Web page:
For this year's Privacy In Review, we're taking a look back at some of the most important privacy related news from the past twelve months. We've identified one story from each month in the year that you should be aware of if you want to keep up to date with 2021's privacy issues.
Without further ado, let's get into it!
We kick off January with an important question: How much data does your car store about you? The answer is much more than you think. Michigan police have found success in cracking cold cases by turning to the infotainment and telematics logs in suspects' cars for evidence. Increasingly, law enforcement agencies are using the treasure trove of user analytics these systems provide to piece together cases against defendants – because when it comes to data protection, cars are low hanging fruit.
Smartphones already capture vast amounts of telemetric and user data, but several factors make cars more attractive to LEOs: Firstly, many new metrics to analyze. Obviously, your car will have a GPS log of locations and dates, but other service metrics will be captured internally by the car, such as car doors opening, weight distribution inside the car, time and location lights were switched on at, and so on. Police can use these factors as the basis of a case.
Secondly, ease of acquisition. Most cars still have relatively lackluster internal security compared to a personal computing devices and often all that is needed to begin collecting data is physical access to the car. If a smartphone has been connected to the car, law enforcement can also access call logs and voicemails as well as other metadata sent between the two devices.
Although a warrant is necessary to begin this process, the sheer amount of personal data processed through your car should make you take heed of your manufacturer's software and hardware policies.
Minneapolis police deployed a geo-fencing warrant asking for data, held by Google, regarding devices belonging to protesters
For February, we take a different view on the intersection between privacy and law enforcement with news that Minneapolis police successfully compelled Google to release the account data of any user account who could be placed at the scene of a riot on May 27 in south Minneapolis. After being served a "Geo-fence" search warrant, Google handed over the records of anyone who had location history turned on inside the area marked by the search warrant between 5:20pm and 5:40pm.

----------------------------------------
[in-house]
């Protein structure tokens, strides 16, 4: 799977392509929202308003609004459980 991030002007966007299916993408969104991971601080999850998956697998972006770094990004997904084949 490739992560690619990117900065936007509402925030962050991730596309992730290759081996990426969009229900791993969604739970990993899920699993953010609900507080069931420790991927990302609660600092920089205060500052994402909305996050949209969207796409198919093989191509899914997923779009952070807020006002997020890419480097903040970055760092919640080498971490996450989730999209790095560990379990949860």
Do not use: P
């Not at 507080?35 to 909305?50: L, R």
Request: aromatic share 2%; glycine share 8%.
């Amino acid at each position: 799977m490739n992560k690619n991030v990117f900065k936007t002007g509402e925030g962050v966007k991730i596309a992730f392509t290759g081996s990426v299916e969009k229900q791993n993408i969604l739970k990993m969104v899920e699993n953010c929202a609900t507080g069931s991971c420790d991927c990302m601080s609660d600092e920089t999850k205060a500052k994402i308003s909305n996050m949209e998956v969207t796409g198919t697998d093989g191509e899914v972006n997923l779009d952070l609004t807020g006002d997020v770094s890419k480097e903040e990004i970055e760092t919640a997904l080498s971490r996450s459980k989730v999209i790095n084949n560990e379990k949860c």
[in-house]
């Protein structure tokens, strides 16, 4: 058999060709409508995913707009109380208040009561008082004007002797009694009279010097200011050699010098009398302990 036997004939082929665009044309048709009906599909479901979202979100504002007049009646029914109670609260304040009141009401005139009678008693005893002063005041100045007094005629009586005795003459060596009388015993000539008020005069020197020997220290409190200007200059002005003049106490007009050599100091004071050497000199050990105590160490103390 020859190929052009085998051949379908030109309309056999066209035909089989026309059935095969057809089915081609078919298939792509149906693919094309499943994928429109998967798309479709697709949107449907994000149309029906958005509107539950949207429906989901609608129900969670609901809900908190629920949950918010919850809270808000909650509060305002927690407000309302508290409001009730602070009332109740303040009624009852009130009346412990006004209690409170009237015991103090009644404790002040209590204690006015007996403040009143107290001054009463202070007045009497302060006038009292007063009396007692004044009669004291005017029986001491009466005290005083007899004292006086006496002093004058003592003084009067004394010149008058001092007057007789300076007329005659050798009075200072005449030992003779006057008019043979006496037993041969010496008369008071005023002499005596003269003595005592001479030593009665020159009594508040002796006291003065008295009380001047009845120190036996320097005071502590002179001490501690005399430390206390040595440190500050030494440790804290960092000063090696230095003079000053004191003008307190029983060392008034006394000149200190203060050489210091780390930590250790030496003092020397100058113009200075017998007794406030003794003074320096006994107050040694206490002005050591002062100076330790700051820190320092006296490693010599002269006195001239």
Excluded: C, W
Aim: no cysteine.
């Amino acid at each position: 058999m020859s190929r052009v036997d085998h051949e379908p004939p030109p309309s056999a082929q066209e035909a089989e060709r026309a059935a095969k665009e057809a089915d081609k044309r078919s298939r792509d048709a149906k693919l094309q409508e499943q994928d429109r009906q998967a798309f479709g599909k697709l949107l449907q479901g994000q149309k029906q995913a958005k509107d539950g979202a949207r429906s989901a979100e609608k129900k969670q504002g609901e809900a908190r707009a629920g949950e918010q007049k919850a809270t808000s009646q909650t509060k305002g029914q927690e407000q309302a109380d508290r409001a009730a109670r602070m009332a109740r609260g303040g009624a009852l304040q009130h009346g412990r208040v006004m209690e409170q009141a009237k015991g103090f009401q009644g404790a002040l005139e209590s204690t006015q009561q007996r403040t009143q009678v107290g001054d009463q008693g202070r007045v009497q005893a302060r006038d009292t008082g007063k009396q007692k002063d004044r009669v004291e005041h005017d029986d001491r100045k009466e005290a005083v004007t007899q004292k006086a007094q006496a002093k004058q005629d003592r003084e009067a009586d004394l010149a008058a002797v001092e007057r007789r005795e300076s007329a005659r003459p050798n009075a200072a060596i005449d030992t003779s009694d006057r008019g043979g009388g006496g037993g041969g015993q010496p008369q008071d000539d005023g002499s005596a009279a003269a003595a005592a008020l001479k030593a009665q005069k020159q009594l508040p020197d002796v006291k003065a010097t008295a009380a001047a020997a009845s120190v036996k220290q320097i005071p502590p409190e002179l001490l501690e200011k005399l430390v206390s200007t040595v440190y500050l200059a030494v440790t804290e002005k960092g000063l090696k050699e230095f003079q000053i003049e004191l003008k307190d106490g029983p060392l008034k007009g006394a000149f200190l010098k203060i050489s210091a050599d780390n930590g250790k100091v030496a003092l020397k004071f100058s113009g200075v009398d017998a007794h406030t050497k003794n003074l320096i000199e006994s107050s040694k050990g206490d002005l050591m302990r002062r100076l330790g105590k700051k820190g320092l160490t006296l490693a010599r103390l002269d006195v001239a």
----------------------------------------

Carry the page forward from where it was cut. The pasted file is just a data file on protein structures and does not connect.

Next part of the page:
The indiscriminate use of geo-fencing to justify surveillance on innocent bystanders is not new, but without concrete numbers and transparency from either the officials involved or Google themselves, it is hard to quantify exactly how often this takes place.
Later this year, Google would be caught in the news again, this time for providing investigators in Wisconsin with the results of a "keyword" search warrant, which turned over the account information for anyone who had made a specific query between two dates. In this case, it was the name of a missing minor that police were investigating the disappearance of. As this only came to light after an accidental temporary unsealing of the warrant, Google is reticent to discuss the case and did not reveal how many users had their information handed over as a result.
For March, we head to the other side of the planet. China has one of the most highly-surveilled societies in the world. Often, this evokes images CCTV on every street corner and CCP enforcers ready to stamp out unwanted behavior at a moment's notice, but the reality involves much more decentralization and community consent. The Sharp Eyes program has been running since 2015 and consists of a series of measures taken to improve mutual surveillance at the local level.
Sharp Eyes is designed to enhance Chinese surveillance capabilities by installing CCTV systems across China, especially in isolated rural towns and villages. Although police and facial recognition algorithms process this data, local citizens are also able to view the CCTV feed in their area and report suspicious activity to the authorities. This is part of a much broader system of interconnected surveillance filters. China's metropolis management systems integrate data about traffic management, personal data, and public security to create a data driven response to conduct the Chinese authorities wish to encourage (or discourage).